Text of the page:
The Taxation of Land Values:
A Proposal for Economic and Social Reform

Frederic C. Howe

[A pamphlet published by The Joseph Fels Fund of America, Cincinnati, Ohio, undated]

January, 1909, Joseph Fels, of Philadelphia and London, member of the Fels Naptha Soap Company, contributed $25,000 a year for five years to promote Land-Value Taxation in America. The control of this fund, with the subscriptions obtained in America, has been placed in the hands of the undersigned committee. It is known as The Joseph Fels Fund of America.

This Fund is a propaganda fund. It is endowed to promote the adoption of the Taxation of Land Values in our states and cities. Already this has become a political issue of commanding importance in the Empire of Germany and Great Britain, while the cities of the former country as well as of New Zealand, New South Wales and Northwest Canada have ushered in its partial application by the levying of a special tax on "unearned increment" or by the exemption of all improvement values from taxation.

  • Lincoln Steffens, Riverside, Connecticut
  • Jackson H. Ralston, Washington, D.C.
  • Frederic C. Howe, Cleveland, Ohio
  • George A. Briggs, Elkhart, Indiana
  • C.H. Ingersoll, New Jersey
  • Daniel Kiefer, Chairman, Cincinnati, Ohio
  • A.B duPont, Treasurer

The Conditions that Confront Us

It is not necessary to portray the industrial conditions that have made their appearance in America within the past few years. Two generations ago there was opportunity for all. In so far as poverty existed, it was accidental or temporary. During the intervening years the public domain has been enclosed, the resources of the nation have been appropriated, and the difficulties of making a living have greatly increased. Opportunities for employment have not kept pace with the demand for employment. Recurring industrial crises and irregularity of employment have created a residuum of unemployment resulting in an army of vagrants, tramps and semi-criminals. Poverty has become a permanent condition to an increasing number, if not to an increasing percentage, of our people. Poverty has become a National problem.

The expenditures of Nation, States and cities have grown with great rapidity. The ordinary revenues of the Federal government approximate $600,000,000. Those of the States, cities and local divisions aggregated $1,038,347,023 more in 1904. The burden of taxation to-day amounts to nearly two billion dollars, or twenty dollars per capita. This does not include the indirect cost of the tariff.

The Remedy Suggested

The remedy proposed is the abolition of all taxes levied on personal property, on houses, buildings, farm animals and improvements, machinery, tools and goods of all kinds, as well all State and Federal taxes on consumption by means of excise or tariff duties. In lieu of the taxes abandoned, we propose a tax levied upon that value which attaches to land alone; on that value which exists because of the growth of population, the development of industry and the necessities of humanity. We do not propose to tax land, but the value irrespective of improvements of urban, suburban and rural lands; of mines, of railways, and mineral resources, which is conservatively estimated at from two to four thousand million dollars a year. It is not proposed to tax land as land, but the value of land that comes with social growth.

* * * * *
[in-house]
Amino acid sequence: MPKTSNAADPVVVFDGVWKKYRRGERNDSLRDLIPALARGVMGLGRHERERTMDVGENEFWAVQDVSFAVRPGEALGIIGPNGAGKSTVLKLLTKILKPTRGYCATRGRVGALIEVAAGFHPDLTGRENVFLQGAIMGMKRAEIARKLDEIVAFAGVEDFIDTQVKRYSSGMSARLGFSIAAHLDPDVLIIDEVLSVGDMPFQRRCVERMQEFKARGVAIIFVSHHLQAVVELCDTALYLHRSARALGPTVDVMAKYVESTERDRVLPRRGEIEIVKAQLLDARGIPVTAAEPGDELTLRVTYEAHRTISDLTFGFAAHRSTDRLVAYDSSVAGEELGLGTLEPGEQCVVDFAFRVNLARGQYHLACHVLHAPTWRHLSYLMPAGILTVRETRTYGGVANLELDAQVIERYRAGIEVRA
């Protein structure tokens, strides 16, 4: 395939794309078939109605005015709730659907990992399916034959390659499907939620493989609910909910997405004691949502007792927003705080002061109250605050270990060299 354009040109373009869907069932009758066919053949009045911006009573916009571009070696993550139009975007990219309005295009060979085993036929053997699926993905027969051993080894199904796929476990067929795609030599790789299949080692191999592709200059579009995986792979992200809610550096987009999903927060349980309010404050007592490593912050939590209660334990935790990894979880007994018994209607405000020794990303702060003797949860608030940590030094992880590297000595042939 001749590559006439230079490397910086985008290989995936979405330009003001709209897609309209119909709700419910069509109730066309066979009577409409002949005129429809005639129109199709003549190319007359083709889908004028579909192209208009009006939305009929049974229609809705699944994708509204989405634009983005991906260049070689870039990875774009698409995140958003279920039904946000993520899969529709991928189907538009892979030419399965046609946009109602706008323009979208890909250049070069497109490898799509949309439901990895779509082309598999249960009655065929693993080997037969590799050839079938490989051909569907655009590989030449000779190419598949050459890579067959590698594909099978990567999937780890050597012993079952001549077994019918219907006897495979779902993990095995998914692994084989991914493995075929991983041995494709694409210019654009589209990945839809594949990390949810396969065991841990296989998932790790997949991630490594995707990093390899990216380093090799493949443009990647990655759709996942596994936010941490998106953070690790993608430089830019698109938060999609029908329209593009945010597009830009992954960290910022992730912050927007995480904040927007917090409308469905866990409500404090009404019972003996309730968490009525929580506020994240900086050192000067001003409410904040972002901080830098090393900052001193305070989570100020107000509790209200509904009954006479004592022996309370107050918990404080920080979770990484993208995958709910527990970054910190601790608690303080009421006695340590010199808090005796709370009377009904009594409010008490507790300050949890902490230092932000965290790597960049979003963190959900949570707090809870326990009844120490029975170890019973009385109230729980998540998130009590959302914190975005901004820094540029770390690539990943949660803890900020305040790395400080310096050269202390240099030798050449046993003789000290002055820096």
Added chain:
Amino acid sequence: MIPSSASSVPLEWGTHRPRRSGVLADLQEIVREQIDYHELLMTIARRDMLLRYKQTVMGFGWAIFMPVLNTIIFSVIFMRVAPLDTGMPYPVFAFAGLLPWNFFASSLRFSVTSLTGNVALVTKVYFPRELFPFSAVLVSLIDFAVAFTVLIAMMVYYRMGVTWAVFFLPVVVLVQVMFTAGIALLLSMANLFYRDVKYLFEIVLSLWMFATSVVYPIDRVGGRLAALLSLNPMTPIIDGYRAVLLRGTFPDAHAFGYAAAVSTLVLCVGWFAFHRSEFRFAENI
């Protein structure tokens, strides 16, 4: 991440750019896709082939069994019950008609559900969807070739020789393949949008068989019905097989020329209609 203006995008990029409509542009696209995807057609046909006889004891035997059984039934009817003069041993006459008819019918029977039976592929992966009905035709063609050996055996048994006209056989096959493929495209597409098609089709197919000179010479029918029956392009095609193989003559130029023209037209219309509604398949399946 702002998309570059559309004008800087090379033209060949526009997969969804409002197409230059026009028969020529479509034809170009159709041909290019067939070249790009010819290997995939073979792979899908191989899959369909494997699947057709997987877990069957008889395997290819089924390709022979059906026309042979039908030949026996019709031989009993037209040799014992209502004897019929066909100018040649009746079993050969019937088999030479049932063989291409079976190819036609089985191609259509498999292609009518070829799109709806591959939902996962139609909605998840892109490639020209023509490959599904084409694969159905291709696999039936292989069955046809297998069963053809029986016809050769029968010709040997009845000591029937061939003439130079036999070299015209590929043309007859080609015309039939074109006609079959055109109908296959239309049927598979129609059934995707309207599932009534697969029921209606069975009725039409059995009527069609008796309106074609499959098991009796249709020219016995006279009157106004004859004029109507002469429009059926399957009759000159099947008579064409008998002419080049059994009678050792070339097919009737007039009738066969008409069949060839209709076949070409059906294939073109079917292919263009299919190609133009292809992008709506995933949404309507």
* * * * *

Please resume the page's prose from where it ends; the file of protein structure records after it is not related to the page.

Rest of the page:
The remedy proposed is within the realm of practical politics in our cities and States at least. It can be accomplished by abandoning the taxes now levied on personal property and improvements, and by shifting all State and local taxes onto land values. Then the revenues of the cities and the State would be collected from economic rent. Here they would rest, for it is admitted by economists that land-value taxes cannot be shifted to tenants in higher rent. They remain where they originally fall.[1]

Feasibility of the Proposal

The separate assessment of land values and improvements is already an accomplished fact. New York City has separated its assessments since 1903. It-values its land with ease and scientific accuracy. Boston has done the same thing for many years. Cleveland, Detroit, San Francisco and many other cities separate valuations in the same way. Certain provinces of Northwest Canada do not tax improvements at all. New South Wales, New Zealand and other Australasian colonies have relieved improvements from local taxes altogether. The British Budget of 1909 proposes the valuation of city and agricultural land and mineral sites for the purpose of levying a special "unearned increment" tax, while the German cities have been collecting an average of 9.5 per cent, of the profit of the land speculator since 1904. There is no longer any question of the simplicity of land valuation, nor of the feasibility of levying a tax on "unearned increment."

The Growth of Land Values

The assessments of certain cities enable us to ascertain the colossal growth in urban land values. The land values of New York City amounted to $3,057,161,290 in 1904. Two years later the valuation increased to $3,391,771,526. By 1907, the value had increased again to $3,557,591,504, while in 1908, it had still further grown to $3,843,165,597. In four years' time, land values alone had increased by $786,004,307, or nearly $200,000,000 a year. The total ordinary expenditures of the city during these years were about $600,000,000, all of which could have been met from the speculative increase alone, leaving nearly two hundred millions for the landlords. The land underlying the metropolis was originally bought from the Indians for $24. Today it is worth 166,000,000 times its original cost.[2]

Everywhere land increases in value and at much the same rate. Nowhere is the rise in value due to the enterprise or thrift of the owner. Land values are a social growth, an "unearned increment," contributed by society to the owners of the land.